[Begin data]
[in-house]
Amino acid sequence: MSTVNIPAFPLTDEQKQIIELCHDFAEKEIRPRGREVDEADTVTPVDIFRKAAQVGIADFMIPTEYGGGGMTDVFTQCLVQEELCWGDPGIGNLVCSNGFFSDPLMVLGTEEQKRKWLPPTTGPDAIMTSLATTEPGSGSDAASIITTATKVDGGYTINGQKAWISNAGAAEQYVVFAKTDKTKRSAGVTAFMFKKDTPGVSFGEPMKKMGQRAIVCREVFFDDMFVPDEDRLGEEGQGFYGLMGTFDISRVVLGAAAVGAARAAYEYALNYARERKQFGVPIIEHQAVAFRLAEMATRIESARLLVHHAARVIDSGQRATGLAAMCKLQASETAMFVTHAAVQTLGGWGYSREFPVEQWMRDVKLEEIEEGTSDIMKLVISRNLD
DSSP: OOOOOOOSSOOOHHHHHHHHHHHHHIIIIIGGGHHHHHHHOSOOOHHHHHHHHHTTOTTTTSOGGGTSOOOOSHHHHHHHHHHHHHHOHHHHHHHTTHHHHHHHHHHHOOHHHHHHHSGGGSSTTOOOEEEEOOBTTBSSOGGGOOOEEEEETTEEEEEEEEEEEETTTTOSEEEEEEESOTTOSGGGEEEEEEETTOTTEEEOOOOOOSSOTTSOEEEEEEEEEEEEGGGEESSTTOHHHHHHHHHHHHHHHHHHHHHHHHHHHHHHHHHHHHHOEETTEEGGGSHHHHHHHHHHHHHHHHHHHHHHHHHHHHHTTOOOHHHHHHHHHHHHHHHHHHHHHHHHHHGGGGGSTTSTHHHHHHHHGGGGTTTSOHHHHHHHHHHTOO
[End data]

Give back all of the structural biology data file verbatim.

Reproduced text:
[in-house]
Amino acid sequence: MSTVNIPAFPLTDEQKQIIELCHDFAEKEIRPRGREVDEADTVTPVDIFRKAAQVGIADFMIPTEYGGGGMTDVFTQCLVQEELCWGDPGIGNLVCSNGFFSDPLMVLGTEEQKRKWLPPTTGPDAIMTSLATTEPGSGSDAASIITTATKVDGGYTINGQKAWISNAGAAEQYVVFAKTDKTKRSAGVTAFMFKKDTPGVSFGEPMKKMGQRAIVCREVFFDDMFVPDEDRLGEEGQGFYGLMGTFDISRVVLGAAAVGAARAAYEYALNYARERKQFGVPIIEHQAVAFRLAEMATRIESARLLVHHAARVIDSGQRATGLAAMCKLQASETAMFVTHAAVQTLGGWGYSREFPVEQWMRDVKLEEIEEGTSDIMKLVISRNLD
DSSP: OOOOOOOSSOOOHHHHHHHHHHHHHIIIIIGGGHHHHHHHOSOOOHHHHHHHHHTTOTTTTSOGGGTSOOOOSHHHHHHHHHHHHHHOHHHHHHHTTHHHHHHHHHHHOOHHHHHHHSGGGSSTTOOOEEEEOOBTTBSSOGGGOOOEEEEETTEEEEEEEEEEEETTTTOSEEEEEEESOTTOSGGGEEEEEEETTOTTEEEOOOOOOSSOTTSOEEEEEEEEEEEEGGGEESSTTOHHHHHHHHHHHHHHHHHHHHHHHHHHHHHHHHHHHHHOEETTEEGGGSHHHHHHHHHHHHHHHHHHHHHHHHHHHHHTTOOOHHHHHHHHHHHHHHHHHHHHHHHHHHGGGGGSTTSTHHHHHHHHGGGGTTTSOHHHHHHHHHHTOO